Crowcombe Court was built as a statement of wealth and a house in which to entertain by Thomas Carew. Completed in 1739 to a design by Nathaniel Ireson, who also built Stourhead and Venn House, the style is described as English Regional Baroque and sits across the Queen Anne and Georgian periods. The house was owned by the Carew family until the 1960s and then, following a number of incarnations, has been saved and restored to its former glory over the last seventeen years.
The Great Hall makes for a grand entrance with fine examples of Italian plasterwork throughout. The Ballroom, remodelled in 1870, by Edward Barry, is a riot of early Victorian colour and style. The superb marble fireplace is thought to have come from Stowe. The Dining Room floor is painted with the arms of the Carew family. The house also benefits from a Vaulted Undercroft, which would have held the winter stores for the household. The house holds a number of significant items of furniture and paintings.
Visitors that wish to learn more about the history of Crowcombe Court through a guided tour are encouraged to book onto one of the house tours offered through the ‘Invitation to View’ scheme. More information can be found on our Events page.
For groups of 15 or more (up to 30) it is possible to arrange a private tour, with various menus available. Download Crowcombe Court House Tour information . Please use the contact form, or telephone 01984 618752 for more information.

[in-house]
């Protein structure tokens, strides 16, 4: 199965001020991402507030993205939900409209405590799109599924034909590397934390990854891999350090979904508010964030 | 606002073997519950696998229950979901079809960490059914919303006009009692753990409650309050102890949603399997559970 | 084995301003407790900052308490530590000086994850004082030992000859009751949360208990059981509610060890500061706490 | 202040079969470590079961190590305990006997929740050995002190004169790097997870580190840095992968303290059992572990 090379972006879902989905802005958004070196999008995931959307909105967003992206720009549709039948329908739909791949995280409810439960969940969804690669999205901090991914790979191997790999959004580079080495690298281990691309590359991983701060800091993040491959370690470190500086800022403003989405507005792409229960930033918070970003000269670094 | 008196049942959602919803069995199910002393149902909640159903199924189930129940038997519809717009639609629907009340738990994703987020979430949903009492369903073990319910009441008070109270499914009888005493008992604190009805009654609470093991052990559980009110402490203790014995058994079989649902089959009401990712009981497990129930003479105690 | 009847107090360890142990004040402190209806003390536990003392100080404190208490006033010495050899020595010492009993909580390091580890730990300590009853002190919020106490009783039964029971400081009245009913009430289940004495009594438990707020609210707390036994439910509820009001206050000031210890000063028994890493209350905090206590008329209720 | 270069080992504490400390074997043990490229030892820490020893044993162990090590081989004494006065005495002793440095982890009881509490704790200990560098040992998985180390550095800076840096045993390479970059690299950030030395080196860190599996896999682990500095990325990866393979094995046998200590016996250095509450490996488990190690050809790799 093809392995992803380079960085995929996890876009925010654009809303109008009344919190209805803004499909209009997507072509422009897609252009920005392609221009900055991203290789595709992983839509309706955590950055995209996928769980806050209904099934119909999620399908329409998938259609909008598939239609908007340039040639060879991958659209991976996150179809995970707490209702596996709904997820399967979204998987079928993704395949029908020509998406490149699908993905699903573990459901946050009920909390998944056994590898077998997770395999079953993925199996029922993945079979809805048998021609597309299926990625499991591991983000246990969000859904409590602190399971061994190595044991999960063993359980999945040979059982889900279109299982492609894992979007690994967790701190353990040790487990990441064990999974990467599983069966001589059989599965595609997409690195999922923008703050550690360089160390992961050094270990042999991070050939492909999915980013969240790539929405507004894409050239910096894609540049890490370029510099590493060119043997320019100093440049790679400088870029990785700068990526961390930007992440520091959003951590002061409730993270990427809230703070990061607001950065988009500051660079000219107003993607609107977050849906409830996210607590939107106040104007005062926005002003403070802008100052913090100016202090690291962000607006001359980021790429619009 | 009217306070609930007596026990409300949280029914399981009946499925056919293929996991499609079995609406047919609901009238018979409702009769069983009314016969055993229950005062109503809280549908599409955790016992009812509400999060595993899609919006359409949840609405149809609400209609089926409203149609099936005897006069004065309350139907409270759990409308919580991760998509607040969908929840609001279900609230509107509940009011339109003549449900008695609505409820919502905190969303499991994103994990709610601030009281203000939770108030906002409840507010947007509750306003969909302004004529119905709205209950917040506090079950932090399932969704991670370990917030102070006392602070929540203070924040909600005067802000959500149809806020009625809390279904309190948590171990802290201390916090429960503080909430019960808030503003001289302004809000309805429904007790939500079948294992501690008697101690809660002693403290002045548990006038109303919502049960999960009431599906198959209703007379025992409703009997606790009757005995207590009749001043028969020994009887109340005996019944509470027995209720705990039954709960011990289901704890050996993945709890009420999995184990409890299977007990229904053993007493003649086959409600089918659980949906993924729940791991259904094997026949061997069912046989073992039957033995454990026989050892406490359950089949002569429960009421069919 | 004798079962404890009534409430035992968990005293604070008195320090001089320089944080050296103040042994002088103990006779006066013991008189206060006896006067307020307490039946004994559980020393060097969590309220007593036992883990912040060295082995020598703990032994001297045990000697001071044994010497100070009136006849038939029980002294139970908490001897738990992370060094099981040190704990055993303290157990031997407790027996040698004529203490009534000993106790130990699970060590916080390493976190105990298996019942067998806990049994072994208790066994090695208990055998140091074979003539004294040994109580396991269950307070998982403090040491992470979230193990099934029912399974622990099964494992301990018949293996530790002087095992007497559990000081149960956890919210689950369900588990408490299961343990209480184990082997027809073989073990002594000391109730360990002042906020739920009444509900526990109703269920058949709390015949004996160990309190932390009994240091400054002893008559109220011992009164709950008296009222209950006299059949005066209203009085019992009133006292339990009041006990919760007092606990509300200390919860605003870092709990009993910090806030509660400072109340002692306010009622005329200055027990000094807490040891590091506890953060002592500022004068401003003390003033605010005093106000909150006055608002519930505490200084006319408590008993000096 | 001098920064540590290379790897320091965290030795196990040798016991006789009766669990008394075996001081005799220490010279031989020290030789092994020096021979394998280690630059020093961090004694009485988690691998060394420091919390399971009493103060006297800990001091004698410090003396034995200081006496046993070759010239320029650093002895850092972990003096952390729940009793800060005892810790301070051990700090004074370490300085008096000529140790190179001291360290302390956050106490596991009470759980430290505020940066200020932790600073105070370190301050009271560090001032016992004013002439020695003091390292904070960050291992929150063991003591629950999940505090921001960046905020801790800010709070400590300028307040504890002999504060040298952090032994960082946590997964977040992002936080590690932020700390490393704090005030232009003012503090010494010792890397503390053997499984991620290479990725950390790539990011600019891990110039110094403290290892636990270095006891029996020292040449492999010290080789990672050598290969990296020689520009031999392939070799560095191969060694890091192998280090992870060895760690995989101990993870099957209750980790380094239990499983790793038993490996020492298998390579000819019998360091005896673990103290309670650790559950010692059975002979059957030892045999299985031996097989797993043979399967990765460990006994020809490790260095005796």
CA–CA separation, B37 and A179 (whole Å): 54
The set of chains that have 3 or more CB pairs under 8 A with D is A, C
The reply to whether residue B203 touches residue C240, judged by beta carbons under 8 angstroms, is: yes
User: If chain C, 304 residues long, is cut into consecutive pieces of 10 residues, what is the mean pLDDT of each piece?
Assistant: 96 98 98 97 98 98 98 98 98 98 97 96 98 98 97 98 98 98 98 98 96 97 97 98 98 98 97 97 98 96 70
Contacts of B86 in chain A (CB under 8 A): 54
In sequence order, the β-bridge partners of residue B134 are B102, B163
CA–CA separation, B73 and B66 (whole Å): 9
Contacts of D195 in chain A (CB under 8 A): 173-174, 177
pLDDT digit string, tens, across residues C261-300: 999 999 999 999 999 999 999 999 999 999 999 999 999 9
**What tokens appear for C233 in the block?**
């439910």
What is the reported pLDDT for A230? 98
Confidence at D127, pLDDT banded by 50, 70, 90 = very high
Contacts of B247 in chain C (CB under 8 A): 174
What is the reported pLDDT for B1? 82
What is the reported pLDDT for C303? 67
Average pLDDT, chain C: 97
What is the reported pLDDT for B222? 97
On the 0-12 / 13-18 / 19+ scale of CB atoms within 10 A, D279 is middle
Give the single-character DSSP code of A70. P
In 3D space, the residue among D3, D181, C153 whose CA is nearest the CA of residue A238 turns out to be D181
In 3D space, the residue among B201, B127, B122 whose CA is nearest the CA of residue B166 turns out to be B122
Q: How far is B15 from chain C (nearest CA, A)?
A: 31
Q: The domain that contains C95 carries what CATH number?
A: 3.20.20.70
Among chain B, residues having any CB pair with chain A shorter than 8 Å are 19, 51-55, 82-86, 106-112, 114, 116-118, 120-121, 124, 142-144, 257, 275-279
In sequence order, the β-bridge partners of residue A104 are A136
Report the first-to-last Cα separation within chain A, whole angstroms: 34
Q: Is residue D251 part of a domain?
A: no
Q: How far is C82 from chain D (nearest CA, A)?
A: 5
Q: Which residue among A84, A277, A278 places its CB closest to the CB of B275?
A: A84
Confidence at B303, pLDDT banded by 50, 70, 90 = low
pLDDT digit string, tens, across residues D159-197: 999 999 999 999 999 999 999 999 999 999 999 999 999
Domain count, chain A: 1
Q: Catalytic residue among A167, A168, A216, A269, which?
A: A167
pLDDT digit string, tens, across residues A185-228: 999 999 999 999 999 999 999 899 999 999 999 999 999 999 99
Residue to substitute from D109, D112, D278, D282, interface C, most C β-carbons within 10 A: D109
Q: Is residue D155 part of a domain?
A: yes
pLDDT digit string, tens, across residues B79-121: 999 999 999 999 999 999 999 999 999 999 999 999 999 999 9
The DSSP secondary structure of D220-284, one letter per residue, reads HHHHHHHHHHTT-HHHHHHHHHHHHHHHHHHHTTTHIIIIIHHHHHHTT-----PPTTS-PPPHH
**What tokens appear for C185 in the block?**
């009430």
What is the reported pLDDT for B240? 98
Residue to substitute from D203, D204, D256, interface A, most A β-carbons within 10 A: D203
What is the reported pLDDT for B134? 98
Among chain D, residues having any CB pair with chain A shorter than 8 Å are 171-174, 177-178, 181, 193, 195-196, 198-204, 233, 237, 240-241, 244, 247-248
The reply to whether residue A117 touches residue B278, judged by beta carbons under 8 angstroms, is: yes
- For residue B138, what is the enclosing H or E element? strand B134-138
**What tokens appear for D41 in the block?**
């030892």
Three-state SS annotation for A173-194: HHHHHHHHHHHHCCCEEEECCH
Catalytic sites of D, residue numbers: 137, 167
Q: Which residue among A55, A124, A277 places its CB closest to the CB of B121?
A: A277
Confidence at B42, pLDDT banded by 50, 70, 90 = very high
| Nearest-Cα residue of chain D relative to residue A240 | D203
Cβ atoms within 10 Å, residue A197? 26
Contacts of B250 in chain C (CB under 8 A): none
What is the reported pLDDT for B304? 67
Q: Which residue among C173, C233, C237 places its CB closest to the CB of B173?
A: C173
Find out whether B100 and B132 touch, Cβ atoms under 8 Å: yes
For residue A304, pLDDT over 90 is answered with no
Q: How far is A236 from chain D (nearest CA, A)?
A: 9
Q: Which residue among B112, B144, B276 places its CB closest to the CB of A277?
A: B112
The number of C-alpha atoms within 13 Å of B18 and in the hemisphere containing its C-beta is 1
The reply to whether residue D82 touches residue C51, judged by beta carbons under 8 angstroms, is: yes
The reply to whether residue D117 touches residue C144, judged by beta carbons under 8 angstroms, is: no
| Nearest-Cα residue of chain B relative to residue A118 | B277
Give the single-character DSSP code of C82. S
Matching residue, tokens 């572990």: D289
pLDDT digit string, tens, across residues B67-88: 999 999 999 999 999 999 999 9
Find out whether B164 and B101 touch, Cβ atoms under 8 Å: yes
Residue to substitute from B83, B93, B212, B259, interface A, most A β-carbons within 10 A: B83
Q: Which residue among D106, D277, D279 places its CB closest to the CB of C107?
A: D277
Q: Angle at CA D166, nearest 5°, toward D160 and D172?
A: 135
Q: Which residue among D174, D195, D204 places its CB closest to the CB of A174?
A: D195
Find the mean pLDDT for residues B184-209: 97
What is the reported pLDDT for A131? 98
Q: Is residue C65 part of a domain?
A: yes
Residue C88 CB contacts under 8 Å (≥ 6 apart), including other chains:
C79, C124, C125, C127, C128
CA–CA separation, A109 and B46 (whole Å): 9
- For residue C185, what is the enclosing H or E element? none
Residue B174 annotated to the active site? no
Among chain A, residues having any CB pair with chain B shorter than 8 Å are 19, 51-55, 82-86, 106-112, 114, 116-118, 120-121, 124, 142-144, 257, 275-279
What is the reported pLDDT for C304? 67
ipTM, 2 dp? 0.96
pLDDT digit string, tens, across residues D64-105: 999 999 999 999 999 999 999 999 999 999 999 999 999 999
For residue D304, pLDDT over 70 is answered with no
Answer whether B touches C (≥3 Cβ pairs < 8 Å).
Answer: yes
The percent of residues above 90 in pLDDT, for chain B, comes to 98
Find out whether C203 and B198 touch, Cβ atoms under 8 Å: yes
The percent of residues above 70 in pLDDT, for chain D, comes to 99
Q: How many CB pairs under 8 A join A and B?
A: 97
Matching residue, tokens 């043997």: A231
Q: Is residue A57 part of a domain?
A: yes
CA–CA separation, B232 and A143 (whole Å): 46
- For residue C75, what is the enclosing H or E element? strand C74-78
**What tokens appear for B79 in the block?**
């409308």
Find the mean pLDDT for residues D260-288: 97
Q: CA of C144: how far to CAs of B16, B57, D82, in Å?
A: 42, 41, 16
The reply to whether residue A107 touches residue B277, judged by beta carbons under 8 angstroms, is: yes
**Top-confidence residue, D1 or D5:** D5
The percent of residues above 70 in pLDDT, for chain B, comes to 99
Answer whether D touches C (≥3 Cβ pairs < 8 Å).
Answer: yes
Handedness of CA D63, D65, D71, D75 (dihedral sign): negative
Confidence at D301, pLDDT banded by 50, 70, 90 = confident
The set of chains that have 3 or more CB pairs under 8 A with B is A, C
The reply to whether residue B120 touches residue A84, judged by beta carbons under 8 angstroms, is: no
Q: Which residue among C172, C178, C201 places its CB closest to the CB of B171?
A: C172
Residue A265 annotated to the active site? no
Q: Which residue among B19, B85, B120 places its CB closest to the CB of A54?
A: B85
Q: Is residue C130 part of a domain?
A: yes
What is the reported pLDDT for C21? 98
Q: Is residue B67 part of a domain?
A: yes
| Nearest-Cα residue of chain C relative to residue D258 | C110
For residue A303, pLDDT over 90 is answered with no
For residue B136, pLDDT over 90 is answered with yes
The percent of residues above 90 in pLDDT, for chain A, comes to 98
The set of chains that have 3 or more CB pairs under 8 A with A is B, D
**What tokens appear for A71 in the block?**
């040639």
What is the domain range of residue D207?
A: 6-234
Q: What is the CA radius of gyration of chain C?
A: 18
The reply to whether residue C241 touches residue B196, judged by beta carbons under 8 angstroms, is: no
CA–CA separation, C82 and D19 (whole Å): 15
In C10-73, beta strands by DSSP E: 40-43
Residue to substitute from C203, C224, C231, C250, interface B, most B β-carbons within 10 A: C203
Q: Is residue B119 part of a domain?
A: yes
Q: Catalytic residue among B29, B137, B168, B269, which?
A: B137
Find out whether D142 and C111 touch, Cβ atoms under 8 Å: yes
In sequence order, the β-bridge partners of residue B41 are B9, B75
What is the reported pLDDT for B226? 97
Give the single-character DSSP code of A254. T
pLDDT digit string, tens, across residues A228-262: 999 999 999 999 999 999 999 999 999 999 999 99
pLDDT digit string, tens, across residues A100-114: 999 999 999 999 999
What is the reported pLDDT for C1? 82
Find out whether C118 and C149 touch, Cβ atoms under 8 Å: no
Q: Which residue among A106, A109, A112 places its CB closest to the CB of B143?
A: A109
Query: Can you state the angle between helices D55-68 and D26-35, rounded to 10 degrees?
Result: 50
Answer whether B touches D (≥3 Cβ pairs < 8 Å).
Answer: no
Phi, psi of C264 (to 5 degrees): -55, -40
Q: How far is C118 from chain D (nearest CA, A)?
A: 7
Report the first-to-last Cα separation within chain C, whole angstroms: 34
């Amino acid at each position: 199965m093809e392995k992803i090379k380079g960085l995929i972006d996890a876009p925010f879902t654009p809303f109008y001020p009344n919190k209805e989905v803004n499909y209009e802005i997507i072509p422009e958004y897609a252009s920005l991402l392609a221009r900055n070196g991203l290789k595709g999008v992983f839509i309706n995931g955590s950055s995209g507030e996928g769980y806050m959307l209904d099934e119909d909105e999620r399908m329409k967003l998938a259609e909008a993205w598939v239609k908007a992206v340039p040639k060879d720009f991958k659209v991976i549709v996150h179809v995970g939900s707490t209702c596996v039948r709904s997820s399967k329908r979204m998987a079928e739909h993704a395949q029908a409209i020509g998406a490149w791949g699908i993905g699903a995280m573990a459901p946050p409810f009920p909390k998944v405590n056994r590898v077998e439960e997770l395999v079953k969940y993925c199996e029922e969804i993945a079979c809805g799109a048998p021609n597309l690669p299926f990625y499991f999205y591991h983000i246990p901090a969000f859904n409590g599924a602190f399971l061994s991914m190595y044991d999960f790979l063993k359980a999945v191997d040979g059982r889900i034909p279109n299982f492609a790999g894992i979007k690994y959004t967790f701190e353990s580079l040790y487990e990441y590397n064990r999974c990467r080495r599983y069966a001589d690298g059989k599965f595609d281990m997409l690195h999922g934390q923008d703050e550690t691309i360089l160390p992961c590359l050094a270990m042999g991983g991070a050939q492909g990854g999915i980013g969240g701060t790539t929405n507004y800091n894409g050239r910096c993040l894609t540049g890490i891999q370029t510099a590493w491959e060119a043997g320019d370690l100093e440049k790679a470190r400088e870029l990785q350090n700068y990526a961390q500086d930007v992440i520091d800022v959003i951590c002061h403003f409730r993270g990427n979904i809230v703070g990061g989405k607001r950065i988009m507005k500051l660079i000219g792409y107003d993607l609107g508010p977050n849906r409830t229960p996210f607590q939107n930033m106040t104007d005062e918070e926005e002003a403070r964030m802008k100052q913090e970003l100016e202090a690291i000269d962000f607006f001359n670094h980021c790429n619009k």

The gardens at Crowcombe Court, which run to over 10 acres, have been neglected for more than 50 years. Overgrown and unmanaged woodland, rampant Japanese Knotweed, a walled garden used as a rubbish dump, and an empty lake were just some of the challenges facing David and Kate Kenyon when they arrived at Crowcombe Court. Since that point, a number of projects have been accomplished, under the overall title of ‘See the Garden Grow’. The woodland has now been thinned and a network of paths created. The Knotweed has been eradicated in the Walled Garden, over 250 tonnes of rubbish has been removed, and the lake is now a wildlife haven. In addition, an orchard has been planted, the hydrangea beds with over 100 plants have been established, and the North Garden has been created with an abstract design featuring seasonal flower beds and a shrubbery of varied and interesting plants.
The main project remaining is the Walled Garden. The walls have been cleared and recapped, and with the removal of the Knotweed the main landscaping in the form of terraces can be implemented. During 2017 the layout of the garden will be developed involving the creation of pathways, lawns and flowerbeds. Planting is unlikely to commence before 2018.